Monday, 6 October 2014

Megaton Leviathon - Past 21 Beyond the Arctic Cell (Album Review)

Album Type:  Full Length
Label:  Seventh Rule Records
Date Released:  9/9/2014

Past 21 Beyond the Arctic Cell” CD/DD/LP track listing:

1). Past 21 (13:04)
2). The Foolish Man (08:44)
3). Arctic Cell (12:41)
4). Here Come the Tears (08:29)

The Band:

Andrew James Costa | Guitars, bass, vocals, Synthesizers, effects, sound loops.


Perhaps one of the greatest names ever dreamed up in the world of heavy music, Megaton Leviathan's second album “Past 21 Beyond the Arctic Cell” is a monolithic sonic achievement. Beginning with the longest track “Past 21” that slowly expands a mind expanding slow burn vamp. Atmospheric oscillations spiral into the distance as the dreamland vocals kick in. Once the bass and distortion turn up it rises out of the wavelike layers perfectly. The mid-song guitar solo is suitably verbed, spacey and shockingly tasteful, even elegant in scope and execution. There's some either spacey key work later on or some very nice orchestral wind instrument playing. I'm assuming keys but it’s difficult to tell and yet it sounds great, particularly during the final coda section which is very nicely arranged.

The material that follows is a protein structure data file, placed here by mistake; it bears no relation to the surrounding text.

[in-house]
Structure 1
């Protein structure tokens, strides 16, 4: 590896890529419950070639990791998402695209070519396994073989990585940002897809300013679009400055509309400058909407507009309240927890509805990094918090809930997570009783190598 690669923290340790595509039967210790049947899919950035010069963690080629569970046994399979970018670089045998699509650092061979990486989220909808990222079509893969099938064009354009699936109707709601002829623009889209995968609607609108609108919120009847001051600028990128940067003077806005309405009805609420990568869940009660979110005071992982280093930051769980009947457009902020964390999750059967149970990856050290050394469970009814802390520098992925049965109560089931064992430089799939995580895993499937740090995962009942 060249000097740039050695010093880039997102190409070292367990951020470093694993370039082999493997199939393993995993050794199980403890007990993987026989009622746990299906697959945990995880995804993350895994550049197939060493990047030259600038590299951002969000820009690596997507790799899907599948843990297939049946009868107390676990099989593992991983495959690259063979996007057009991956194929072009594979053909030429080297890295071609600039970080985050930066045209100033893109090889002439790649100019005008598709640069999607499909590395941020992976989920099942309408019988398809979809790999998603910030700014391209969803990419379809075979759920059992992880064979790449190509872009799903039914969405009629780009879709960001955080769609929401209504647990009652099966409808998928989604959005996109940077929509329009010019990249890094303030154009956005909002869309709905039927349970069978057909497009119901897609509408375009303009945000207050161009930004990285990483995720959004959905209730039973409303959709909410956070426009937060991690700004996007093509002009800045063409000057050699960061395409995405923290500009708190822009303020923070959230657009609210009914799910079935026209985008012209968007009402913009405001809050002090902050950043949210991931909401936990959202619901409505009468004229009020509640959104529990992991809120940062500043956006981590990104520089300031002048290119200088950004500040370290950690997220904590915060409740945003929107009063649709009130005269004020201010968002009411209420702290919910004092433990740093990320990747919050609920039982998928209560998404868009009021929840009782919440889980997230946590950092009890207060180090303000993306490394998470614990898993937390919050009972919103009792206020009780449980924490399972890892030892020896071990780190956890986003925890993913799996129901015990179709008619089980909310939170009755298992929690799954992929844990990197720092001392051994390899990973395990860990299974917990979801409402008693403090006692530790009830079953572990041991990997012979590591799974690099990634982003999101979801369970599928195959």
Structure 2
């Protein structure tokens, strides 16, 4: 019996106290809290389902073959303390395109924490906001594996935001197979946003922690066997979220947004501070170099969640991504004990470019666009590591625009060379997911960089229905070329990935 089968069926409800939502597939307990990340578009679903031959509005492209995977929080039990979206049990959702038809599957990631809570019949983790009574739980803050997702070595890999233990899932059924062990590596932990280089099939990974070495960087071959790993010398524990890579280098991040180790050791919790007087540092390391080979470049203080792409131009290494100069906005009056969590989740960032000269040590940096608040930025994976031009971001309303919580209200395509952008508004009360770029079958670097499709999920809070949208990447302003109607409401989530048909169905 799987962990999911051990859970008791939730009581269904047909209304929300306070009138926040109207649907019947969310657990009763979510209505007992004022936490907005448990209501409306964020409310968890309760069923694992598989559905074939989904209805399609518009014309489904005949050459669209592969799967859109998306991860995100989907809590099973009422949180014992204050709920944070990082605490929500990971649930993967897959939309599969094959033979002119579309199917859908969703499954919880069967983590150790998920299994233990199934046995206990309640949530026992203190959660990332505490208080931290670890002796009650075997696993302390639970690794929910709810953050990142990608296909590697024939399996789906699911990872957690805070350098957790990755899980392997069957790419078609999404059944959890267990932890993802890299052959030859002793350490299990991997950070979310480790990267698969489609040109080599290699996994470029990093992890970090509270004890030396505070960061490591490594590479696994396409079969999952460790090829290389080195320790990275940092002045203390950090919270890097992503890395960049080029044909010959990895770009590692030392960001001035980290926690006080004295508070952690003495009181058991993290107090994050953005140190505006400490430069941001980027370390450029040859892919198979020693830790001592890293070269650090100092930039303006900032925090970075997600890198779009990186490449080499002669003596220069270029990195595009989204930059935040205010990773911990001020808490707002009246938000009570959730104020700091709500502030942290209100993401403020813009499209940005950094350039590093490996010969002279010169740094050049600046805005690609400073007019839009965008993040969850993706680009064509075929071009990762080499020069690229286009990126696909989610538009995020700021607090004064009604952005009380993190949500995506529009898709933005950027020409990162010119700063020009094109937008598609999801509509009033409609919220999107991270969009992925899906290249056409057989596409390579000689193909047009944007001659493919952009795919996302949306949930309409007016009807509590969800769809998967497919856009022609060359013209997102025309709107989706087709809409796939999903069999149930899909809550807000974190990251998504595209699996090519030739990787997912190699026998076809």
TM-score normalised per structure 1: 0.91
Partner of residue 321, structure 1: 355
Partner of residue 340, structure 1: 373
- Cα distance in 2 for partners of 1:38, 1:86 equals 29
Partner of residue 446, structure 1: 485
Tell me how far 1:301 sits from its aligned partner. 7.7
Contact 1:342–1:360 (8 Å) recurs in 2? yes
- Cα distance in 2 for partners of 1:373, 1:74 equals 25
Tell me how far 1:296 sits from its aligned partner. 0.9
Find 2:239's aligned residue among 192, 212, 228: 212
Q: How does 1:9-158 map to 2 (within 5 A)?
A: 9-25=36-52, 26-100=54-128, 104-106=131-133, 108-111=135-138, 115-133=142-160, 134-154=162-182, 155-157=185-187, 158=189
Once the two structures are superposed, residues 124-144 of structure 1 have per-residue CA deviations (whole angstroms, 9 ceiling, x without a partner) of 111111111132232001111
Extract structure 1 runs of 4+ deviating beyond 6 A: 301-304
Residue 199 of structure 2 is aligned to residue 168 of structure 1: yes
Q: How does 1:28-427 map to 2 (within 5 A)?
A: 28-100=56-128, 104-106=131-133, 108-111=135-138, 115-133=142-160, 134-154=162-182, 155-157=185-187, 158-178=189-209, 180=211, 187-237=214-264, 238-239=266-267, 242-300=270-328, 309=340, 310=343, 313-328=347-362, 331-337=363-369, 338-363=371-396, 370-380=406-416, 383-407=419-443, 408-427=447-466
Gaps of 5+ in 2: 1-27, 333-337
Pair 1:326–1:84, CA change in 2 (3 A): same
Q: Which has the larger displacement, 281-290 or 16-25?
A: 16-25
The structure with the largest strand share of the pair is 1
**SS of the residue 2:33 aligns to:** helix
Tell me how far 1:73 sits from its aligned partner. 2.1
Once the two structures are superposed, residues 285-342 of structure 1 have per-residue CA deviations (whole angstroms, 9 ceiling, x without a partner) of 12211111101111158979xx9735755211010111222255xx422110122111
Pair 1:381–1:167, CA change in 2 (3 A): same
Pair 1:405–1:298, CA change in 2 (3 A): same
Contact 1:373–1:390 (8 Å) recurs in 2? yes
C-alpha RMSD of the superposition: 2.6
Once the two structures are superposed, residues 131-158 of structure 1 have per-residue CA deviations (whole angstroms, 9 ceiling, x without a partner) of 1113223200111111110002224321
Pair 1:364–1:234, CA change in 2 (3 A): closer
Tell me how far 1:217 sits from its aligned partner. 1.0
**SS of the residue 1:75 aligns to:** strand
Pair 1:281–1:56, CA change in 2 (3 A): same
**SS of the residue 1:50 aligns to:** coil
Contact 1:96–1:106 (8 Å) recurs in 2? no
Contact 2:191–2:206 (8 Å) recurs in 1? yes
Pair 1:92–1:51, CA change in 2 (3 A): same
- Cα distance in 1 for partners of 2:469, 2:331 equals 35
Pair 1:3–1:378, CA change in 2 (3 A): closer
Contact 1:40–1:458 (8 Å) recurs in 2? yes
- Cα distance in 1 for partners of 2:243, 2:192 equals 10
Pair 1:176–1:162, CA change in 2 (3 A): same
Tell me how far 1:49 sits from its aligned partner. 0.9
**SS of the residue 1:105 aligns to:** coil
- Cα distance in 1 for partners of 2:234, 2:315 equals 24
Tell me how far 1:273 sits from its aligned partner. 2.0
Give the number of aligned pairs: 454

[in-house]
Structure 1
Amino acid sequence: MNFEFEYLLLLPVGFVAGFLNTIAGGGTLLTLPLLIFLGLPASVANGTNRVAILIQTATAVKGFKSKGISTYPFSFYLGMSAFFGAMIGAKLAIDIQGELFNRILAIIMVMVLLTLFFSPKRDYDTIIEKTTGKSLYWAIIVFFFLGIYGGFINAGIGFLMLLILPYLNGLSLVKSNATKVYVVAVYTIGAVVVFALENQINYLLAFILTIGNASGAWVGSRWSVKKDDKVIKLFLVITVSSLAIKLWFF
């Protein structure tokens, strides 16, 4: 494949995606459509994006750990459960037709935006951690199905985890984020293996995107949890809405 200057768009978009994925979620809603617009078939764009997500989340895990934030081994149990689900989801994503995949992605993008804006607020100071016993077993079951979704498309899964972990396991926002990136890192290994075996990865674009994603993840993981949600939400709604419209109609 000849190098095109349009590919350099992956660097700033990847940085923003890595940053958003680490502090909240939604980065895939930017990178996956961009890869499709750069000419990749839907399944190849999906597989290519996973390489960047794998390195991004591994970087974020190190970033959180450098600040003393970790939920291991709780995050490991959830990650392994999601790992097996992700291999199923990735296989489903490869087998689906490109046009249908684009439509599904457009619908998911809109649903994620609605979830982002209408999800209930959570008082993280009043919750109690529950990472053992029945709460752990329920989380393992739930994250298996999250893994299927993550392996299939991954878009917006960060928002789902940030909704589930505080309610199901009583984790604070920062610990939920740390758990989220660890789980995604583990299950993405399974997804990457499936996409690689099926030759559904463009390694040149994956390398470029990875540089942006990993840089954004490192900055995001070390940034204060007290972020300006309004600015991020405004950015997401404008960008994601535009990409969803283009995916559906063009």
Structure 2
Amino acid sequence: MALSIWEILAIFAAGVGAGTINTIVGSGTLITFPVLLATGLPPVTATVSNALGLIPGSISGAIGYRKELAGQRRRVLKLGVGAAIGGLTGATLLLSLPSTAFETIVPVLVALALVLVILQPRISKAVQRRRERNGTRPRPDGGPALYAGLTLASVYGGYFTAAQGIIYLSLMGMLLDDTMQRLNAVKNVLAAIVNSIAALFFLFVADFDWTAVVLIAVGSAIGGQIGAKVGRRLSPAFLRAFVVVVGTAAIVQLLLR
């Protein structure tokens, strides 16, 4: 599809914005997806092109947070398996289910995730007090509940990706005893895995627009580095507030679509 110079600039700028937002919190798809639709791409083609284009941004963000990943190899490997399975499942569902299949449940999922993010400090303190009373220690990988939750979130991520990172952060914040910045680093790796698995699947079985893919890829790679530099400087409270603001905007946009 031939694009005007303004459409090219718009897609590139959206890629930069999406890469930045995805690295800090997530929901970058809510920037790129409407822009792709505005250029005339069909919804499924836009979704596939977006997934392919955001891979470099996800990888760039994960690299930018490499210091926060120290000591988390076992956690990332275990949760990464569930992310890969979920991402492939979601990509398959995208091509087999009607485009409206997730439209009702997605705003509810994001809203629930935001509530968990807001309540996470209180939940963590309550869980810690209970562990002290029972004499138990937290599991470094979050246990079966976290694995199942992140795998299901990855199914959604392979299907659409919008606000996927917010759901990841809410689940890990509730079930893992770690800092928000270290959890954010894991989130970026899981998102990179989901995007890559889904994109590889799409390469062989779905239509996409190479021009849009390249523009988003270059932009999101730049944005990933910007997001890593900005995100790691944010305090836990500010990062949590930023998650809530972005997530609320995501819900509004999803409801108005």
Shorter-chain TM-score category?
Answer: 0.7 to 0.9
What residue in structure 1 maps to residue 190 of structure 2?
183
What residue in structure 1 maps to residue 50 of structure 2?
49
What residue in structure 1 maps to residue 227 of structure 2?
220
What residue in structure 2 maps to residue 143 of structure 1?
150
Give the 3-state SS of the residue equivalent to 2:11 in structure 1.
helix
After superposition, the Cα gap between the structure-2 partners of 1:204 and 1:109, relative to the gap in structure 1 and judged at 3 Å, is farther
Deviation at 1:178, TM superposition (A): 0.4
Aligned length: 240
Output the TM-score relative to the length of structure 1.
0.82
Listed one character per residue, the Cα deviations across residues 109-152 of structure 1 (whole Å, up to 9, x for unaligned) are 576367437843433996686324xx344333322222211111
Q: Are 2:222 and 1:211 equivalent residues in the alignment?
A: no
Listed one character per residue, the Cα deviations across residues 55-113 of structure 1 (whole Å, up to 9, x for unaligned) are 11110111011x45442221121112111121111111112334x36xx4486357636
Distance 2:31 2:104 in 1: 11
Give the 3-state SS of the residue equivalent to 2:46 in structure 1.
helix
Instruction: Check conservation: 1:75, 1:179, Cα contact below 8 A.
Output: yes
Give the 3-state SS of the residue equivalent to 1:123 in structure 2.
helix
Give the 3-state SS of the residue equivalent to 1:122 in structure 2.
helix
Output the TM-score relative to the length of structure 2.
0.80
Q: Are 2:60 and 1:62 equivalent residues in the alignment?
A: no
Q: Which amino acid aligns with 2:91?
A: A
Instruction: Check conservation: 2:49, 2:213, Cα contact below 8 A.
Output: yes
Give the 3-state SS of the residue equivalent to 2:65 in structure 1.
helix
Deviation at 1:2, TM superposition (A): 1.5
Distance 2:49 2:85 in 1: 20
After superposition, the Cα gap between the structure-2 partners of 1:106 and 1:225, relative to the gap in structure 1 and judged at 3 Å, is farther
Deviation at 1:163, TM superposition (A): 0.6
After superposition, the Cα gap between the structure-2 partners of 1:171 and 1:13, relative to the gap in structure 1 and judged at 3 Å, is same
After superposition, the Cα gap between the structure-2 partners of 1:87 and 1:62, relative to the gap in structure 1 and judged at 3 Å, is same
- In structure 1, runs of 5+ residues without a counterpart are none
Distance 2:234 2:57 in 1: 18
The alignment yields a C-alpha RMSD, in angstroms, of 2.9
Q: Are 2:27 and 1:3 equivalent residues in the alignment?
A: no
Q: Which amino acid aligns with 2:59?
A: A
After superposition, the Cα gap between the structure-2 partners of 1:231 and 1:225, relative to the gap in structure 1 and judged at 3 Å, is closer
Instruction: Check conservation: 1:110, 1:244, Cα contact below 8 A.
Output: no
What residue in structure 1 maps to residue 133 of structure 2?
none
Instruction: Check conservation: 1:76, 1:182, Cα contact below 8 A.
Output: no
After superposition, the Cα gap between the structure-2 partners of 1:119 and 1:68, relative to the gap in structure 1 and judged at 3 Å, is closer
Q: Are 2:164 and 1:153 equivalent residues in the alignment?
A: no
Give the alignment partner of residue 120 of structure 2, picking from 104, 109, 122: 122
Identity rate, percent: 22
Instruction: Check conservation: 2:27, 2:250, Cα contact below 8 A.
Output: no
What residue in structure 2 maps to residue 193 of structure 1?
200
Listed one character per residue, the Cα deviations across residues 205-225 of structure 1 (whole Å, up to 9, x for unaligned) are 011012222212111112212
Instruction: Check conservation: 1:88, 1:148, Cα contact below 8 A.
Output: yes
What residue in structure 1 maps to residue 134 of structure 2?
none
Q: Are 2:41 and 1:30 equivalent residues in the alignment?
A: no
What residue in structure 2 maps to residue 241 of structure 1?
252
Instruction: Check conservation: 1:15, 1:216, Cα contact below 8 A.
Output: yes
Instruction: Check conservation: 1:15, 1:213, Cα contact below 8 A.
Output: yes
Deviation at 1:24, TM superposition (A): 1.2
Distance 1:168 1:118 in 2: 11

Sitar! Beginning with some trippy sitar playing, the second track “The Foolish Man” begins with some really unusual feel as the sitar swirls the rhythm section and has a slightly ominous slow vamp while the guitar pings some Mogwain post-rock leads. This track really reminds me of Ufomammut once the vocals kick in with the oscillating background sounds, except Megaton Leviathan isn't nearly as harsh on the distortion and has more of a post-rock or 70s psych influence and not quite as metal.

As the 3rd track “Arctic Cell” begins it does not vamp and starts pretty much right off the bat with vocals and some more cool guitar work. Coalescing into a doomy section just before the three minute mark, at this point in the album this simpler type of riff is completely unexpected and breaks up the song nicely. The later bridge section with feedback howls over a slow guitar chug, a pretty awesome segue into one of the better recorded fuzz basses I've heard in a crushing slow riff.

Closing out the album “Here Come the Tears,” starts with a minimalist beginning of just drums, bass, guitar, and voice leaving a lot of space in between the notes. This track has a bit of a modern Pink Floyd feel, more so than the rest of the tracks especially with it's gradual build-up and very nice transitions. An epically huge wah-verbed guitar breaks out around the halfway point is also pretty cool.

The production is very well done and all the instruments can clearly be heard and have nice separation when needed and mesh well when needed as well. I particularly like how nice the bass tone is, as primarily a bassist myself, I always like to here it perfectly mixed and AUDIBLE. In addition, the name of the album really does describe the sound presented here. The swirling dense layers really do summon the feel of the cold winds out on the tundra and I would say this is definitely a winter car trip album. Check it out below.

Words by: Chris Tedor

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